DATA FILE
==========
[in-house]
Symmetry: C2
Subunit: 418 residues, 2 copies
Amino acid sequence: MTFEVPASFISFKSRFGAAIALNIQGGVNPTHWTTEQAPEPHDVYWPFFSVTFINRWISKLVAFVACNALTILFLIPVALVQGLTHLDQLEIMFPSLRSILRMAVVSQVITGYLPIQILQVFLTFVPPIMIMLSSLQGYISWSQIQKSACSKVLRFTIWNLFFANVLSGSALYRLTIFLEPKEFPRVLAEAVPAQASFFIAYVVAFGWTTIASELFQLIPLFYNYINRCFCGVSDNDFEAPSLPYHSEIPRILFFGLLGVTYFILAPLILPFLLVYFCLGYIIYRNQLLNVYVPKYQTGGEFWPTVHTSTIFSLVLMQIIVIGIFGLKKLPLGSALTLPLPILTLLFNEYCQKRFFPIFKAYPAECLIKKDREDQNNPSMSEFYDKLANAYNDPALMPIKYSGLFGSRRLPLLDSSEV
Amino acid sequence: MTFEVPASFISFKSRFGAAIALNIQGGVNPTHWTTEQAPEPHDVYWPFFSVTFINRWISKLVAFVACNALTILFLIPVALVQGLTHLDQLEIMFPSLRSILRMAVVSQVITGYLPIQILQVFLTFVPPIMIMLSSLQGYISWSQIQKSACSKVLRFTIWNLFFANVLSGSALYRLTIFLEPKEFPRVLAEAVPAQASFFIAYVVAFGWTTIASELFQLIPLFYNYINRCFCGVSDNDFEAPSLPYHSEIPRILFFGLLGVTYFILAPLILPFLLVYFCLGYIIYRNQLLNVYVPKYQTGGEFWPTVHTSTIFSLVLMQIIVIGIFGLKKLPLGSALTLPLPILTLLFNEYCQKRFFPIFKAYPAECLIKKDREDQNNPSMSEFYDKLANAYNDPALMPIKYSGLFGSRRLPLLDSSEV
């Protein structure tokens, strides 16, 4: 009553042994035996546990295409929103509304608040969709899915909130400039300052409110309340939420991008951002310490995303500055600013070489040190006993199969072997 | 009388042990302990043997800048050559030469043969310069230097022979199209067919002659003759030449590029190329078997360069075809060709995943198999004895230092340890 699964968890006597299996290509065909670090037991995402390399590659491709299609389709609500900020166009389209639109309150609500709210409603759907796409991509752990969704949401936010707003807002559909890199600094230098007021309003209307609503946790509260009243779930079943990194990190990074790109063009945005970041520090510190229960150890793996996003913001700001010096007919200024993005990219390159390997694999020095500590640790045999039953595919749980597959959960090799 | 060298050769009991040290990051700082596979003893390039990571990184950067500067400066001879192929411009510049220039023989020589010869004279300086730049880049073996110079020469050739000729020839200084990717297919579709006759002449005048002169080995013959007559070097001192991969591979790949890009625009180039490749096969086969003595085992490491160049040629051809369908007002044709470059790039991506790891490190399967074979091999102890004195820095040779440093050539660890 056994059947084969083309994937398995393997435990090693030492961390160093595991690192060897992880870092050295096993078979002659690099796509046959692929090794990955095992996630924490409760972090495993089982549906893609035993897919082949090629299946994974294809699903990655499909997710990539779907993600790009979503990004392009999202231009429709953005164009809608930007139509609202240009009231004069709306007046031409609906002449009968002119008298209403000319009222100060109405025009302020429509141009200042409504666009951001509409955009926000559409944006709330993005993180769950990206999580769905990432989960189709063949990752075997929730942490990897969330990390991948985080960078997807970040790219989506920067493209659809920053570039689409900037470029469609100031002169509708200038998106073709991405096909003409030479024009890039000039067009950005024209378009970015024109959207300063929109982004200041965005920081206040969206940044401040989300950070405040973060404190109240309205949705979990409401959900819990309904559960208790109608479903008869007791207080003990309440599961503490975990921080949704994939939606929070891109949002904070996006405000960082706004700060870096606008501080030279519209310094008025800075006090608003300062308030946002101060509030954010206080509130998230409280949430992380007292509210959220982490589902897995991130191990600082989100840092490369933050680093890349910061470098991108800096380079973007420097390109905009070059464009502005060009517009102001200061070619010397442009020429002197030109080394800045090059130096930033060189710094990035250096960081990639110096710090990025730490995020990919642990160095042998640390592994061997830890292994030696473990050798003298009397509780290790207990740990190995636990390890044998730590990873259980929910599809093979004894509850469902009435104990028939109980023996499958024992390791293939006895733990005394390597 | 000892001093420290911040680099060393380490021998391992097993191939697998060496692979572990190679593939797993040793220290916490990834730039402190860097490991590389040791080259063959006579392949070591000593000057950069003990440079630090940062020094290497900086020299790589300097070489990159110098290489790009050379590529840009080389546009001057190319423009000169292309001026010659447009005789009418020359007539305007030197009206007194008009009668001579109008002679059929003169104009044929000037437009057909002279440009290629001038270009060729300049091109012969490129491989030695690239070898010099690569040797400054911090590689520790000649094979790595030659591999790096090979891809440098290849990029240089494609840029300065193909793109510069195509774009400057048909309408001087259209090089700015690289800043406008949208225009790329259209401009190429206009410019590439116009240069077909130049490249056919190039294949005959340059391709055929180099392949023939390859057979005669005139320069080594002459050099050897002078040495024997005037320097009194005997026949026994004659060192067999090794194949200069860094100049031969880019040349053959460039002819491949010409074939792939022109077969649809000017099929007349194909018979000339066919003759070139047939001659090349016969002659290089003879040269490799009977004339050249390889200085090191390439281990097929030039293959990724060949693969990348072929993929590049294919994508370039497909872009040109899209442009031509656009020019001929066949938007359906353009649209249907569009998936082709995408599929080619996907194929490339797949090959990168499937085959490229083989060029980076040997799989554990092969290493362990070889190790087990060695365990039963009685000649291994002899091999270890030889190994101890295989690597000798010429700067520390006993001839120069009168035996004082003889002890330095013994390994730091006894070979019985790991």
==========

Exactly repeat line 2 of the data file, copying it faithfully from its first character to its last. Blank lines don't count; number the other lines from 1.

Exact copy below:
Symmetry: C2